Original languageEnglish (US)
Pages (from-to)729-736
Number of pages8
JournalInternational Immunology
Volume17
Issue number6
DOIs
StatePublished - Jun 2005

Fingerprint

Interleukin-10
HIV-1
Monocytes
HIV
CD4 Antigens
Cytokines
Goats
Messenger RNA
Interleukin-6
Tumor Necrosis Factor-alpha
Human Immunodeficiency Virus Proteins
Immunosuppressive Agents
Virus Replication
HIV Infections

Keywords

  • CD4-independent
  • HIV-1
  • IL-10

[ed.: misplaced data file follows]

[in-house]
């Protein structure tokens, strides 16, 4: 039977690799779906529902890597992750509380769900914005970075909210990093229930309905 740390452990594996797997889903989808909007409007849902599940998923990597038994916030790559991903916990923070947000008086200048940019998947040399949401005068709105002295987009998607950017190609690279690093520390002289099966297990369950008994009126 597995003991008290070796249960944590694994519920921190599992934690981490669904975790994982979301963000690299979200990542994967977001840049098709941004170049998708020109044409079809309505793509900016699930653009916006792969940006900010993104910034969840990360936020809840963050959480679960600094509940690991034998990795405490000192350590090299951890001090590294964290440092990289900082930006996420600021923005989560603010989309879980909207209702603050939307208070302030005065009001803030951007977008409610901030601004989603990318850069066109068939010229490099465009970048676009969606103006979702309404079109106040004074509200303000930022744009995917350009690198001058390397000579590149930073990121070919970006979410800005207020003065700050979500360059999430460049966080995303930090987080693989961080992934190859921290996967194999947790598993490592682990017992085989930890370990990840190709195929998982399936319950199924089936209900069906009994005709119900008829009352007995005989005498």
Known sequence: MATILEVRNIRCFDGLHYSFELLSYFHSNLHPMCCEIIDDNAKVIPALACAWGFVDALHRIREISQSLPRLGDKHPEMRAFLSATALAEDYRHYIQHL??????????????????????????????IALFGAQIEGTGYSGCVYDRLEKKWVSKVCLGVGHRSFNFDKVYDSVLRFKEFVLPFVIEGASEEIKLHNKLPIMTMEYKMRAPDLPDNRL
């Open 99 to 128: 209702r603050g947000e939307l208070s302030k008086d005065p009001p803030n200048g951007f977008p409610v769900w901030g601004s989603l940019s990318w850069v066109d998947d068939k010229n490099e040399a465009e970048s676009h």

• Monocytes

ASJC Scopus subject areas

  • Immunology

Cite this

HIV-1 induces IL-10 production in human monocytes via a CD4-independent pathway. / Ji, Jiaxiang; Sahu, Gautam K.; Braciale, Vivian L.; Cloyd, Miles W.

In: International Immunology, Vol. 17, No. 6, 06.2005, p. 729-736.

Research output: Contribution to journalArticle

Ji, Jiaxiang ; Sahu, Gautam K. ; Braciale, Vivian L. ; Cloyd, Miles W. / HIV-1 induces IL-10 production in human monocytes via a CD4-independent pathway. In: International Immunology. 2005 ; Vol. 17, No. 6. pp. 729-736.
@article{4a706d8de66a425aa087c19fd747aa2d,
title = "HIV-1 induces IL-10 production in human monocytes via a CD4-independent pathway",